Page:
I have the privilege to speak before the Annual Meeting of PulseNet in Chicago in a few weeks. As some may know, PulseNet is a national network of public health and food regulatory agency laboratories coordinated by the Centers for Disease Control and Prevention (CDC). The network consists of: state health departments, local health departments, and federal agencies (CDC, USDA/FSIS, FDA).

Fig-1-pulsenet_logos.gifPulseNet participants perform standardized molecular subtyping (or “fingerprinting”) of foodborne disease-causing bacteria by pulsed-field gel electrophoresis (PFGE). PFGE can be used to distinguish strains of organisms such as Escherichia coli O157:H7, Salmonella, Shigella, Listeria, or Campylobacter at the DNA level. DNA “fingerprints,” or patterns, are submitted electronically to a dynamic database at the CDC. These databases are available on-demand to participants—this allows for rapid comparison of the patterns.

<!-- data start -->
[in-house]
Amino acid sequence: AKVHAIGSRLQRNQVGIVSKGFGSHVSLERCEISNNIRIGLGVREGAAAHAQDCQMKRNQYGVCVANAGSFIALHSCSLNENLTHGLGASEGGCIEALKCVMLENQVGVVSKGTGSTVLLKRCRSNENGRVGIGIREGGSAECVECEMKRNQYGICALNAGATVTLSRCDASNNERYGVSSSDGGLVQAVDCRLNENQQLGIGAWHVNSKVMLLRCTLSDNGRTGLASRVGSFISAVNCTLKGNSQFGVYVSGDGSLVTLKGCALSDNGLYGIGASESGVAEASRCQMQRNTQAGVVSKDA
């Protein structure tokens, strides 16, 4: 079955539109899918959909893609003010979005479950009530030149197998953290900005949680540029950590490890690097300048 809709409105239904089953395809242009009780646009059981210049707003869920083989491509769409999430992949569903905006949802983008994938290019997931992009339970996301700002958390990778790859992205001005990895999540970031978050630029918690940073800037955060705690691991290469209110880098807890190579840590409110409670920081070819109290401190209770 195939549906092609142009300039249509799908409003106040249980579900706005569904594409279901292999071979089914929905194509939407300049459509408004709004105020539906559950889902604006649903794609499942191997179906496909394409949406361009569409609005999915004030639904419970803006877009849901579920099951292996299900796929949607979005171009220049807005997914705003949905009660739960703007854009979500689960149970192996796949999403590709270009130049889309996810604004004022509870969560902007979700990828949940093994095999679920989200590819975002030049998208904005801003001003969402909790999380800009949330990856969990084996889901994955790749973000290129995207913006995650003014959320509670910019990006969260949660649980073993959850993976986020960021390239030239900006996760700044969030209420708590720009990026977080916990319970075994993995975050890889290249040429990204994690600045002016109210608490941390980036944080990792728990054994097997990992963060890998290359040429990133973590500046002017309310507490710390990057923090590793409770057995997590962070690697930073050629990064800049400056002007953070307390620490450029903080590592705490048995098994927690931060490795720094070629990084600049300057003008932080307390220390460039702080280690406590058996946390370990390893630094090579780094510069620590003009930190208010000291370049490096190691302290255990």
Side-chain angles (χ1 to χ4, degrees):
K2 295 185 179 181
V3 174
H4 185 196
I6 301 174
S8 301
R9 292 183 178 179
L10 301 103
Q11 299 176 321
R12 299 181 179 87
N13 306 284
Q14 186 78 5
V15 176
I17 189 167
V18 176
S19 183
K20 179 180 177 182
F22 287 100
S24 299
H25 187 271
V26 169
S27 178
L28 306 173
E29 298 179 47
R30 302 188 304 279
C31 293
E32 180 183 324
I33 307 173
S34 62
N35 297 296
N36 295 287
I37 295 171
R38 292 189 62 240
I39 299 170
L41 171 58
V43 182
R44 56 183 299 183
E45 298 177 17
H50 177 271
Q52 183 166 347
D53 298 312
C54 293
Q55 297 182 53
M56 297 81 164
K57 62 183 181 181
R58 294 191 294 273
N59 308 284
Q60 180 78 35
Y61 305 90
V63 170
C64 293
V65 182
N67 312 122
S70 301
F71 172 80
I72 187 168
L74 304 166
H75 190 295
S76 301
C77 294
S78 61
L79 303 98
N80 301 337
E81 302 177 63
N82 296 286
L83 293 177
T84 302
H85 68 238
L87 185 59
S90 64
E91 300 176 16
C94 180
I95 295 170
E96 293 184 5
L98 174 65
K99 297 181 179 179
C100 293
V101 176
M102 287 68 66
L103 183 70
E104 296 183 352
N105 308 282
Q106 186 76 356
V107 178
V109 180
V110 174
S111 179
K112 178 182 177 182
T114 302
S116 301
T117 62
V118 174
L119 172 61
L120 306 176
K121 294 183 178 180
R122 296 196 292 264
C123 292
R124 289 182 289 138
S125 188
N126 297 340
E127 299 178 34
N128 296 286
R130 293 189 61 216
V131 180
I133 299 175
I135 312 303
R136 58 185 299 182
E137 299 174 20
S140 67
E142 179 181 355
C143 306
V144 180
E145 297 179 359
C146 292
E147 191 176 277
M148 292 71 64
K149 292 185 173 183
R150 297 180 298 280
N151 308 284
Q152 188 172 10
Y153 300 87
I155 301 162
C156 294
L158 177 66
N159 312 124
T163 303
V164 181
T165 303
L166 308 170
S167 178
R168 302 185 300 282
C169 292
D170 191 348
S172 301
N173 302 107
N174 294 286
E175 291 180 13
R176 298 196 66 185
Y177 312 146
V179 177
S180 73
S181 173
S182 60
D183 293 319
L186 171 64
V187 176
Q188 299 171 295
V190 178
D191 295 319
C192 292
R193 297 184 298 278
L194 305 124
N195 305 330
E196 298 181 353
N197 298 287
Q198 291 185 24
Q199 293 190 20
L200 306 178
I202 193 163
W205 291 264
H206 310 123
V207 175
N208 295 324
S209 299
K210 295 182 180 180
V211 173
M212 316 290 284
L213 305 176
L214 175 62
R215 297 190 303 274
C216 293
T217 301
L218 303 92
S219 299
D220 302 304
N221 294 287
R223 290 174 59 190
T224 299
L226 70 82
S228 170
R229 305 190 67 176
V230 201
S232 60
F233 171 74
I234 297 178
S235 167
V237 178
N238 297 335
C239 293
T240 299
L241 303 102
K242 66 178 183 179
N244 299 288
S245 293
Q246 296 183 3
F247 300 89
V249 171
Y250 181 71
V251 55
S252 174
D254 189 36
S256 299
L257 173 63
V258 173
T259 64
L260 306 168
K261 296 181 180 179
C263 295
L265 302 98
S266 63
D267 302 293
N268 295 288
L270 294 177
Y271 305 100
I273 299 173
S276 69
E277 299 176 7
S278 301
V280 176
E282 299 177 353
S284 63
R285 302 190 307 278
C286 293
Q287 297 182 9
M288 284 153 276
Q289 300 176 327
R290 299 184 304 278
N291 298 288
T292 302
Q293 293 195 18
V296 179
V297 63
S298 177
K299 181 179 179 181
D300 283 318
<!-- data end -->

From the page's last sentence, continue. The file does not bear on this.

Its Objectives are:

  • Detect foodborne disease case clusters by PFGE
  • Allow for real-time communication among state, local health departments, and international partners
  • Facilitate early identification of common source outbreaks
  • Help food regulatory agencies identify areas where implementation of new measures are likely to increase the safety of our food supply